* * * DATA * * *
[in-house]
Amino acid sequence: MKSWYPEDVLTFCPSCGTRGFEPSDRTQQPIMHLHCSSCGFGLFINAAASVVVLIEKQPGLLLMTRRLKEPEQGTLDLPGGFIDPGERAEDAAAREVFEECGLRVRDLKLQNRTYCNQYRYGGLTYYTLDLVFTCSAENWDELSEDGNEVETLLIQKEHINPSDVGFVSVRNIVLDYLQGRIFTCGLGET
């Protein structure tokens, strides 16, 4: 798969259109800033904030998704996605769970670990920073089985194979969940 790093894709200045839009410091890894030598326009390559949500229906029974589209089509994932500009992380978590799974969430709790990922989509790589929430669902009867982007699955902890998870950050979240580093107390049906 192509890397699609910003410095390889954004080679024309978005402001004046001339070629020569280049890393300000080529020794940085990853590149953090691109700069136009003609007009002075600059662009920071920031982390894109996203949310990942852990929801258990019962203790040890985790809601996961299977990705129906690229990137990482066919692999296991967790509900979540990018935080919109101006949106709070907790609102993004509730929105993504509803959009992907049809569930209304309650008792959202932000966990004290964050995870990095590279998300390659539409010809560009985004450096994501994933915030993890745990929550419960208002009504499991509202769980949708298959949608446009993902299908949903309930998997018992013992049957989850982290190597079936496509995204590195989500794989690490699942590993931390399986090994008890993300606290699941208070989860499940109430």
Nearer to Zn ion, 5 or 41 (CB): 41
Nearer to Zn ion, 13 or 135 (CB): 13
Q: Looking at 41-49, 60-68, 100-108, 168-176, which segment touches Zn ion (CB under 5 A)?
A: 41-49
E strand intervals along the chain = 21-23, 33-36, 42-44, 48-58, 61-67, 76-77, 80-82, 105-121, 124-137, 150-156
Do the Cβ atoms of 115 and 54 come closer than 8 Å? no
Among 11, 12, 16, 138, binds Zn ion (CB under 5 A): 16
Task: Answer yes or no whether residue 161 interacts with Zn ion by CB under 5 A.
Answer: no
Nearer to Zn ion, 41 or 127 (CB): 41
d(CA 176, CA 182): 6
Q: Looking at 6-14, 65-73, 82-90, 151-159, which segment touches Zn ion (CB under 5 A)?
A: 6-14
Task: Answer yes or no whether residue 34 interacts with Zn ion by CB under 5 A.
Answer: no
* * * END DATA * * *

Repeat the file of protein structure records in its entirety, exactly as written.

[in-house]
Amino acid sequence: MKSWYPEDVLTFCPSCGTRGFEPSDRTQQPIMHLHCSSCGFGLFINAAASVVVLIEKQPGLLLMTRRLKEPEQGTLDLPGGFIDPGERAEDAAAREVFEECGLRVRDLKLQNRTYCNQYRYGGLTYYTLDLVFTCSAENWDELSEDGNEVETLLIQKEHINPSDVGFVSVRNIVLDYLQGRIFTCGLGET
């Protein structure tokens, strides 16, 4: 798969259109800033904030998704996605769970670990920073089985194979969940 790093894709200045839009410091890894030598326009390559949500229906029974589209089509994932500009992380978590799974969430709790990922989509790589929430669902009867982007699955902890998870950050979240580093107390049906 192509890397699609910003410095390889954004080679024309978005402001004046001339070629020569280049890393300000080529020794940085990853590149953090691109700069136009003609007009002075600059662009920071920031982390894109996203949310990942852990929801258990019962203790040890985790809601996961299977990705129906690229990137990482066919692999296991967790509900979540990018935080919109101006949106709070907790609102993004509730929105993504509803959009992907049809569930209304309650008792959202932000966990004290964050995870990095590279998300390659539409010809560009985004450096994501994933915030993890745990929550419960208002009504499991509202769980949708298959949608446009993902299908949903309930998997018992013992049957989850982290190597079936496509995204590195989500794989690490699942590993931390399986090994008890993300606290699941208070989860499940109430």
Nearer to Zn ion, 5 or 41 (CB): 41
Nearer to Zn ion, 13 or 135 (CB): 13
Q: Looking at 41-49, 60-68, 100-108, 168-176, which segment touches Zn ion (CB under 5 A)?
A: 41-49
E strand intervals along the chain = 21-23, 33-36, 42-44, 48-58, 61-67, 76-77, 80-82, 105-121, 124-137, 150-156
Do the Cβ atoms of 115 and 54 come closer than 8 Å? no
Among 11, 12, 16, 138, binds Zn ion (CB under 5 A): 16
Task: Answer yes or no whether residue 161 interacts with Zn ion by CB under 5 A.
Answer: no
Nearer to Zn ion, 41 or 127 (CB): 41
d(CA 176, CA 182): 6
Q: Looking at 6-14, 65-73, 82-90, 151-159, which segment touches Zn ion (CB under 5 A)?
A: 6-14
Task: Answer yes or no whether residue 34 interacts with Zn ion by CB under 5 A.
Answer: no